But that project has failed, at least for now. In Texas, authorities have decided to side with science, not theology, in a dispute over the teaching of evolution. The terrible economic times have not led to an increase in church attendance. In Iowa last Friday, the state Supreme Court ruled against a ban on same-sex marriage, a defeat for religious conservatives. Such evidence is what has believers fretting about the possibility of an age dominated by a newly muscular secularism. "The moral teachings of Christianity have exerted an incalculable influence on Western civilization," Mohler says. "As those moral teachings fade into cultural memory, a secularized morality takes their place. Once Christianity is abandoned by a significant portion of the population, the moral landscape necessarily changes. For the better part of the 20th century, the nations of Western Europe led the way in the abandonment of Christian commitments. Christian moral reflexes and moral principles gave way to the loosening grip of a Christian memory. Now even that Christian memory is absent from the lives of millions."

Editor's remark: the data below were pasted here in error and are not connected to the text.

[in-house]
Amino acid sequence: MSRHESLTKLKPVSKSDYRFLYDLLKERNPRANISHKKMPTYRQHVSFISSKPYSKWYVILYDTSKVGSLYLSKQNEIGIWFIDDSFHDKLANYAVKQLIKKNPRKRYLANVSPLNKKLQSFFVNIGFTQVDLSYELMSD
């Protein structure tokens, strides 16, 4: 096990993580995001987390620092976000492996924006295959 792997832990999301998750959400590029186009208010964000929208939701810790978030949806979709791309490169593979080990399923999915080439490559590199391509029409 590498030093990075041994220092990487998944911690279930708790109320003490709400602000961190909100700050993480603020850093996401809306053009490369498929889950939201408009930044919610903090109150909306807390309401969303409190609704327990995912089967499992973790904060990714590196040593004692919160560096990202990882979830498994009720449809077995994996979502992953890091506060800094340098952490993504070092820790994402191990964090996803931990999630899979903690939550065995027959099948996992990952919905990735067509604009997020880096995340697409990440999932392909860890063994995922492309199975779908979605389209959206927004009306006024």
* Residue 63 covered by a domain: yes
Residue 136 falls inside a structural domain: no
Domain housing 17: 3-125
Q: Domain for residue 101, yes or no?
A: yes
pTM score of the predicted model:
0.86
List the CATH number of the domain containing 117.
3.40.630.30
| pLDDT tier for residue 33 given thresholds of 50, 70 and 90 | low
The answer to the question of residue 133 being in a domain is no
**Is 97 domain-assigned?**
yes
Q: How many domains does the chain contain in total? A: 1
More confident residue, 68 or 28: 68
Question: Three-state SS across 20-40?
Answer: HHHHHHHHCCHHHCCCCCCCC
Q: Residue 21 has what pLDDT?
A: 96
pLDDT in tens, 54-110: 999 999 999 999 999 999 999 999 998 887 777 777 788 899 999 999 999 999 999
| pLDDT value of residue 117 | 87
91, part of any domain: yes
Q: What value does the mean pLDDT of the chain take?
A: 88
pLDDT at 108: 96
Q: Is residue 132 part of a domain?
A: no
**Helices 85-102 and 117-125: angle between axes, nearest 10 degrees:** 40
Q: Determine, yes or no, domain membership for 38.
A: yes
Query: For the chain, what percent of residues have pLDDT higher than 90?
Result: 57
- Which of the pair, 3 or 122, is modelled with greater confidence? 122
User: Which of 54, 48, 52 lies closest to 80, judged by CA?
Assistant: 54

Bitterness about the status quo, then, and demands for change, are thus more than understandable. But in the words of Garrison Keillor, “Resentment is no excuse for bald-faced stupidity.” And the argument that many were voting for “change for change’s sake” is, in a word, idiotic. It is also disingenuous in whole cloth. Voting for Louis Farrakhan for President would also have represented a radical break with the past. If the goal is to bring about radical change, regardless of nominal policy content, the sort of knock-the-table-over housecleaning that only an outsider can deliver, well then Farrakhan is your man (and as plausible, and as qualified). But how many Trump supporters would have pulled the lever for Farrakhan? Right. So spare me the “any change is better than this” nonsense. There are very few instances where the Dylan doctrine does not apply (“think you’ve lost it all/there’s always more to lose”). Times may be tough, but the contemporary United States does not come close to being an exception to that rule.